Raytheon Technologies finds buyer for Forcepoint

Raytheon Technologies had two items of some interest to share with investors in its third quarter earnings release: proceeds being fetched in the sale of Forcepoint and what is being done to manage the COVID-19 pandemic's impacts.

Raytheon Technologies has found a partner to help the aerospace-and-defense company move on the final large divestiture on its checklist to make following the merger to create RTC in April.

Private equity firm Francisco Partners said Monday it has agreed to acquire Forcepoint, the commercial cybersecurity joint venture that heritage Raytheon stood up five years ago.

RTC will fetch around $1.5 billion in gross proceeds from the sale that should close within the next three-to-four months, CEO Greg Hayes said in RTC’s third quarter earnings call with investors Tuesday.

An eventual exit from Forcepoint, whether via a sale or public offering, was anticipated and speculated about by analysts well before the Raytheon-United Technologies merger was announced in June 2019.

Speculation only intensified from there, especially considering how Forcepoint operated with its own executive team and board of directors inside Raytheon. That was Raytheon’s way of trying a different approach to make a commercial cybersecurity business work within the confines of a government contractor, of which many have tried and not found the same kind of success as in federal cyber.

Raytheon took full control of the Forcepoint venture in October 2019 by acquiring the remaining stake held by private equity firm Vista Equity Partners, which previously owned all of the business before partnering with Raytheon in 2015.

Forcepoint posted $658 million in revenue and $8 million in profit for 2019.

RTC had other numbers to share with analysts Tuesday that were not promising, particularly with its commercial aerospace business hit hard by the coronavirus pandemic. Still no detailed financial outlook from the company yet.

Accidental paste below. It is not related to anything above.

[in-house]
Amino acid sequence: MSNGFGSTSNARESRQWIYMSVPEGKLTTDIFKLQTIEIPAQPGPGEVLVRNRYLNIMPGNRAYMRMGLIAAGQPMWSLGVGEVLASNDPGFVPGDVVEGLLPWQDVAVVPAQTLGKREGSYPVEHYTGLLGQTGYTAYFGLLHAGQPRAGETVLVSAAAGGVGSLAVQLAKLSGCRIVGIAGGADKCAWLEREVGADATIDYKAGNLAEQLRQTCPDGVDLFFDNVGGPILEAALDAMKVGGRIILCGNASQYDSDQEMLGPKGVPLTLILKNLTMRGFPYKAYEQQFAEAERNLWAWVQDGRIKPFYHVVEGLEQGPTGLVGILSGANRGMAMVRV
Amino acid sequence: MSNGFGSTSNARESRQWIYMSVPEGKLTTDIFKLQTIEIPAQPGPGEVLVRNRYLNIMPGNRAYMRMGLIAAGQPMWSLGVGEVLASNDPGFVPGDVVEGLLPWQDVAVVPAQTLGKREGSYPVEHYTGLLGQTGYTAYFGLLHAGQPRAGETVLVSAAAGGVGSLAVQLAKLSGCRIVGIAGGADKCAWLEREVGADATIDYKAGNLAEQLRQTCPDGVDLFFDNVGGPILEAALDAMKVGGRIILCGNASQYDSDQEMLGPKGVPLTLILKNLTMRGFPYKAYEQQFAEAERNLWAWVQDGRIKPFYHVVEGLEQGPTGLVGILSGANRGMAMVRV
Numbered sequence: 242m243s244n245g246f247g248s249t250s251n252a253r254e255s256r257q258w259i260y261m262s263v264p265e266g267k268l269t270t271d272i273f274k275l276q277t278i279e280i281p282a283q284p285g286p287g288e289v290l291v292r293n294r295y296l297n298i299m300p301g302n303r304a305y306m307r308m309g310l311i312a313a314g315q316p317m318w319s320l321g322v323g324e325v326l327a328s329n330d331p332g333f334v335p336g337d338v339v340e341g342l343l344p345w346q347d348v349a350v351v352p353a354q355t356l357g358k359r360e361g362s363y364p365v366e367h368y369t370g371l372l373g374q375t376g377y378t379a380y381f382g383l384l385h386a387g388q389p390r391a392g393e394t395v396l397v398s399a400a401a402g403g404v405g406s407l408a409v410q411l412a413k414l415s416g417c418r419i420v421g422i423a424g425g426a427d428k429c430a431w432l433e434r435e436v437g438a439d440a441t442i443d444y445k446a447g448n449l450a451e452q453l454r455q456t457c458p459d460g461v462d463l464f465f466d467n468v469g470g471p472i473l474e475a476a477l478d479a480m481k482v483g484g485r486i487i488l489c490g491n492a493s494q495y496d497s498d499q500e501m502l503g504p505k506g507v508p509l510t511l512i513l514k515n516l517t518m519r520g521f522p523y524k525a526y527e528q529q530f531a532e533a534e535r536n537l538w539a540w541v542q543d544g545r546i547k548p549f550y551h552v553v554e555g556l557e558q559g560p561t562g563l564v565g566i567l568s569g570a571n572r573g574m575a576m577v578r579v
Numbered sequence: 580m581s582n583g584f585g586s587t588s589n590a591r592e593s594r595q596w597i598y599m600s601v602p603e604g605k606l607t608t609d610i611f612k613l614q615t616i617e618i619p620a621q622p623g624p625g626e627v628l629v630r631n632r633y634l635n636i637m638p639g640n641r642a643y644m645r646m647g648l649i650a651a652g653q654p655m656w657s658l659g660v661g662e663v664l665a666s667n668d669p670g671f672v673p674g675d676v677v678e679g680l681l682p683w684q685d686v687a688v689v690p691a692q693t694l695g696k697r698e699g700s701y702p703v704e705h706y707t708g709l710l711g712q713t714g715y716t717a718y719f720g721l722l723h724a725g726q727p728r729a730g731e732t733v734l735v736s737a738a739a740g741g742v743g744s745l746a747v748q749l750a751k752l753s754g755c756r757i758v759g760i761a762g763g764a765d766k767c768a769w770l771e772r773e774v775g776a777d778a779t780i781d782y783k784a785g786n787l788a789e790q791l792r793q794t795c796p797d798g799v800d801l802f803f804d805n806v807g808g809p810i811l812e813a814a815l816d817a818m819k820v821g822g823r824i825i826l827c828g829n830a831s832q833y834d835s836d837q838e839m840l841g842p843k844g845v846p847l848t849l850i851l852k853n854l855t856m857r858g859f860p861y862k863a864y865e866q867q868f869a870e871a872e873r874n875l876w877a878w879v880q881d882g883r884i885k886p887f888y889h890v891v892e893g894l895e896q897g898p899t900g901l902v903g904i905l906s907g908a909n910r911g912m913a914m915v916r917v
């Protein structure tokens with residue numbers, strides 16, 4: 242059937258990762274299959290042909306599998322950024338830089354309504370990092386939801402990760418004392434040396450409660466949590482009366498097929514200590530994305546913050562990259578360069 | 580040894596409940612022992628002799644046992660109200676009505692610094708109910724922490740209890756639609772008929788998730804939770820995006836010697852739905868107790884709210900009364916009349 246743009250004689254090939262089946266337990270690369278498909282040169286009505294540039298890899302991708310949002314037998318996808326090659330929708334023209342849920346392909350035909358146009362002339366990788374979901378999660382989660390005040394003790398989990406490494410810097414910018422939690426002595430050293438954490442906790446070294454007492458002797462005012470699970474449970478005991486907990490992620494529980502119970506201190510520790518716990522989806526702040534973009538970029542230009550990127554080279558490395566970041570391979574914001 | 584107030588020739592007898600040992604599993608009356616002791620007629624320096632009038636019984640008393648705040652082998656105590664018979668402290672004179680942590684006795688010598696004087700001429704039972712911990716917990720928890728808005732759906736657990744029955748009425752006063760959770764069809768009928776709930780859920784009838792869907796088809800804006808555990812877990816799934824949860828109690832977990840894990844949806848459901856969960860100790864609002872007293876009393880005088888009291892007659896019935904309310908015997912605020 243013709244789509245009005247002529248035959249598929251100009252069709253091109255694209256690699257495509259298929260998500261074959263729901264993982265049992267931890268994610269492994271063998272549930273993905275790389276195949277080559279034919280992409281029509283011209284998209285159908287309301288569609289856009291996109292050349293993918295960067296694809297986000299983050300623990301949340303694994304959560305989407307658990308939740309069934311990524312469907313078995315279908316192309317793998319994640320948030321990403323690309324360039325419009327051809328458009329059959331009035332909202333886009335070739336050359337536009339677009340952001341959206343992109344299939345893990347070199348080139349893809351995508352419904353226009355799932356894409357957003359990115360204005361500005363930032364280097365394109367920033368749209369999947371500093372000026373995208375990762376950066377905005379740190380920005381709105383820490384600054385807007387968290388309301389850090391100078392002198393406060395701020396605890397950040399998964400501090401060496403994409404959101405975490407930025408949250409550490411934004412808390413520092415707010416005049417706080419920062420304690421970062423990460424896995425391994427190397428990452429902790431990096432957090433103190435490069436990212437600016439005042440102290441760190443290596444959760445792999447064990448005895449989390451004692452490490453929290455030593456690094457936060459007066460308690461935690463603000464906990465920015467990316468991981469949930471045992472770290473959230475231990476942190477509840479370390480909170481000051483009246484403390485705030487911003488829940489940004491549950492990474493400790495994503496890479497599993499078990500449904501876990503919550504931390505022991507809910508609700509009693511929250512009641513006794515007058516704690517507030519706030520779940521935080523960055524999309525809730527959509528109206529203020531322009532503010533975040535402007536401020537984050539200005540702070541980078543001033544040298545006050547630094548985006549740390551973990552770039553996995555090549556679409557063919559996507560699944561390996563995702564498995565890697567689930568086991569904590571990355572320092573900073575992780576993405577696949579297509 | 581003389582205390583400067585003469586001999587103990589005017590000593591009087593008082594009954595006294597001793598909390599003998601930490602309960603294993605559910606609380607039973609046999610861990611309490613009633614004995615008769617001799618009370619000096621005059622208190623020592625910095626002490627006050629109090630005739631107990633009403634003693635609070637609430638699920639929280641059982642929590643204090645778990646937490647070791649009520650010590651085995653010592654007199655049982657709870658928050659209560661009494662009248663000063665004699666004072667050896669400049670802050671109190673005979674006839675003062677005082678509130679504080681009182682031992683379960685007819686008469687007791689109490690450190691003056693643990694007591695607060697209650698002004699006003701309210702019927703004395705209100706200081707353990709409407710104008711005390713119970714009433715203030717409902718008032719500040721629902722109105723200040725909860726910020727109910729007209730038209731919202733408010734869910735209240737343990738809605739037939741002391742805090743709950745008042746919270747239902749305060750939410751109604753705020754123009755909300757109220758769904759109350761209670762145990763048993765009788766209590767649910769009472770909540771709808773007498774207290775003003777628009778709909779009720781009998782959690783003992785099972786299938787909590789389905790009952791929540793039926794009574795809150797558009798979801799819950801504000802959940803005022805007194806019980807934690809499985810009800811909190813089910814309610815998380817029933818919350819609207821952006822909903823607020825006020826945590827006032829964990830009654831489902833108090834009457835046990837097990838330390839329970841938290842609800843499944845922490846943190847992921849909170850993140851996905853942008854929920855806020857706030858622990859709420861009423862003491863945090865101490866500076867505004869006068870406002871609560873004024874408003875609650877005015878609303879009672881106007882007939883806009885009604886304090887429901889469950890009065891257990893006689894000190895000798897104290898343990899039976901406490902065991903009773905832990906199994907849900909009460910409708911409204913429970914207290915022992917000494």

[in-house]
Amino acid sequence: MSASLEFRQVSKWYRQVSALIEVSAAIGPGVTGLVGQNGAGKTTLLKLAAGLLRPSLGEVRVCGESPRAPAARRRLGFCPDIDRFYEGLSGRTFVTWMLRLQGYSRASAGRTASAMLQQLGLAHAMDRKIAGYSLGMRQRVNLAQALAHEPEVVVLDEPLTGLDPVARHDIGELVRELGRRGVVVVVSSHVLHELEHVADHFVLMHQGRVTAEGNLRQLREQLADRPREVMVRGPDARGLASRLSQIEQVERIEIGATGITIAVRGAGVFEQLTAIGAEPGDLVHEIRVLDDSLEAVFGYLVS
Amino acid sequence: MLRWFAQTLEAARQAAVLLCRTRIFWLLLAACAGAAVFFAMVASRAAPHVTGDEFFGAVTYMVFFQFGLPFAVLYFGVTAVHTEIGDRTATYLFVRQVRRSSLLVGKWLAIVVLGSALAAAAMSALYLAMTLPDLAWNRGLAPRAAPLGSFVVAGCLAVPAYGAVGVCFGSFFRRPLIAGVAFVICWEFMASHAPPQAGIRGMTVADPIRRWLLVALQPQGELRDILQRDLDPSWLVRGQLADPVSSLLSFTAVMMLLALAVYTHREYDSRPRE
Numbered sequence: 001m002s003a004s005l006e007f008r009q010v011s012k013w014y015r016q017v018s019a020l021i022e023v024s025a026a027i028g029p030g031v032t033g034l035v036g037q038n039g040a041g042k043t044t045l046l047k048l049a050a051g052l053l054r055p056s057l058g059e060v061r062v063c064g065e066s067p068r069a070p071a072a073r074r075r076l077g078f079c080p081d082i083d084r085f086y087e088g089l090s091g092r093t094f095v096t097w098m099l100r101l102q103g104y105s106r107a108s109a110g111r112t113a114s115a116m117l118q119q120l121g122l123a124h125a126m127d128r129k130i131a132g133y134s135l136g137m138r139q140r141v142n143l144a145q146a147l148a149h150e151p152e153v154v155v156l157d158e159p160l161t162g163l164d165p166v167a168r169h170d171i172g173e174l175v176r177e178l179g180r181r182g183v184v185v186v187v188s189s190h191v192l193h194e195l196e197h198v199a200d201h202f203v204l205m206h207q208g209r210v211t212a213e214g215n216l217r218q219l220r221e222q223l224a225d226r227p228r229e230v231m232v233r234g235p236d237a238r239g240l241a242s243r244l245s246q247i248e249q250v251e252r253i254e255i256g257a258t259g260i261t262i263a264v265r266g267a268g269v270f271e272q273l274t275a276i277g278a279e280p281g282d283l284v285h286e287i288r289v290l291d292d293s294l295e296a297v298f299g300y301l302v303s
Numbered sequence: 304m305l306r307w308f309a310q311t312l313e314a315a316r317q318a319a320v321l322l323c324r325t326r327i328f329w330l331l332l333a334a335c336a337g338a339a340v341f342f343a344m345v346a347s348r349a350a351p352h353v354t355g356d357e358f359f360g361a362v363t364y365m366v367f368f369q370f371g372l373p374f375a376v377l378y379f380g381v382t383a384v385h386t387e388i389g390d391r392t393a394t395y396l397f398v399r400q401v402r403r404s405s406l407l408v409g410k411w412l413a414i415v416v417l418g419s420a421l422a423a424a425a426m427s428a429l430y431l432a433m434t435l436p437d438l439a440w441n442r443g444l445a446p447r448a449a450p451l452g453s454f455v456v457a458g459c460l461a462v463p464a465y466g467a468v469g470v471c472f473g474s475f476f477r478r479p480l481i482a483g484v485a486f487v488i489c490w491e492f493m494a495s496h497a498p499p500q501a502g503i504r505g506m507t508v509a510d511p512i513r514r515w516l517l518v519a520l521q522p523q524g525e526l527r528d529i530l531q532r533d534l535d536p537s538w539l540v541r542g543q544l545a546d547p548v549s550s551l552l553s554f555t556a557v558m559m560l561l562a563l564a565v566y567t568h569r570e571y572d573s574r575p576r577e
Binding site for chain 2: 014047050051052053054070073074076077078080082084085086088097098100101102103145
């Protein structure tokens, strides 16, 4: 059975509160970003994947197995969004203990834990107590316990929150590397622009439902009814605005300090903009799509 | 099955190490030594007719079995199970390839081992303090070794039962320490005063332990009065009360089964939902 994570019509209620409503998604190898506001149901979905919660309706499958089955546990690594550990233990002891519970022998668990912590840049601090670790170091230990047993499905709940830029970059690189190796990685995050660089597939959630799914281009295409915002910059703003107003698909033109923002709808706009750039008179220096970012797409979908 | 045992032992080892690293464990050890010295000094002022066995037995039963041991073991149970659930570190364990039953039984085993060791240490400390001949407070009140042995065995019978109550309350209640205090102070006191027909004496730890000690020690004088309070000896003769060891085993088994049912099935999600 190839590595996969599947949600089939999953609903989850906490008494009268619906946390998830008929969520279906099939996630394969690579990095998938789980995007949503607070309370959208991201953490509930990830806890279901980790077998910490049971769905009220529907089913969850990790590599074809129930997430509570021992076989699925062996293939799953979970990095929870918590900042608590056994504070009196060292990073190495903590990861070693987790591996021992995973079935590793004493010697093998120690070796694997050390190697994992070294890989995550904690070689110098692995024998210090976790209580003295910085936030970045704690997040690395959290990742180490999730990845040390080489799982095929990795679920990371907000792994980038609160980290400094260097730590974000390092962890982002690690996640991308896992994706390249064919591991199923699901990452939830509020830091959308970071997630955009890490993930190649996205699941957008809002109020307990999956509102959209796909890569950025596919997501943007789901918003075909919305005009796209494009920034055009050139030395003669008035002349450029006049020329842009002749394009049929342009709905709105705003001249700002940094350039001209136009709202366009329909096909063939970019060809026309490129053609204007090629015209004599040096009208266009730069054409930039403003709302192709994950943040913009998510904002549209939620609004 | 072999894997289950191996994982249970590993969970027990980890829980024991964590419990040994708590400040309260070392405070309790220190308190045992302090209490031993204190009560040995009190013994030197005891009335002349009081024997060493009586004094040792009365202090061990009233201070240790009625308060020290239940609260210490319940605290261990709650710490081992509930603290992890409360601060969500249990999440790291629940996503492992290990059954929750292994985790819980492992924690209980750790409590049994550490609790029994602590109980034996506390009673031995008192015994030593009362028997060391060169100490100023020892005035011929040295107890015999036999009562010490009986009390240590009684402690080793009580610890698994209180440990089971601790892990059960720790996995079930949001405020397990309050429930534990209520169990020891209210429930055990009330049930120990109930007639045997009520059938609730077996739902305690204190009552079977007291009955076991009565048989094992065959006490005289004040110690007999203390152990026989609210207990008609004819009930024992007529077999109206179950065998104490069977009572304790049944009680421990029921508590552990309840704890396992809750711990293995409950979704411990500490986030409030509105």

The company now expects it will lay off 15,000 people and 4,000 contractors from its two commercial-focused segments. That amounts to a 20-percent workforce reduction for both divisions.

“We don’t expect commercial air traffic to return to 2019 levels, until at least 2023, and that’s of course depending upon the timing of a widely distributed vaccine,” Hayes told analysts.

Defense has been very much a different story and will likely represent two-thirds of RTC’s overall revenue profile this year, Hayes said. That is in contrast to the roughly 50-50 balance between defense and commercial originally envisioned for RTC at the time of the merger announcement.

RTC’s two defense businesses have continued to hire during the pandemic as the corporation has also attempted to pivot engineers there from the commercial aerospace side of the house. Consider the defense backlog is at least $70 billion as of the third quarter’s end.

A second set of numbers RTC gave to analysts is strictly about how the company is thinking about its own real estate footprint, yet warrants wider consideration for whatever the future of work looks like.

Hayes said RTC has around 31 million square feet of space today and had initially planned to take that number down by 10 percent as a synergy goal for the merger.

While acknowledging it “seems like a big number,” Hayes now believes the reduction could hit between 20 and 25 percent now that people are used to the working arrangements with some at the facility and others remotely.

"For these last six months as I've toured the country and visited facilities where we've got literally a handful of folks working there and everybody else is being efficient working remotely, it became very apparent we don't need all this space," Hayes said.

“The ability to work remotely with the technology that we have without losing productivity is essential in our go-forward plan.”

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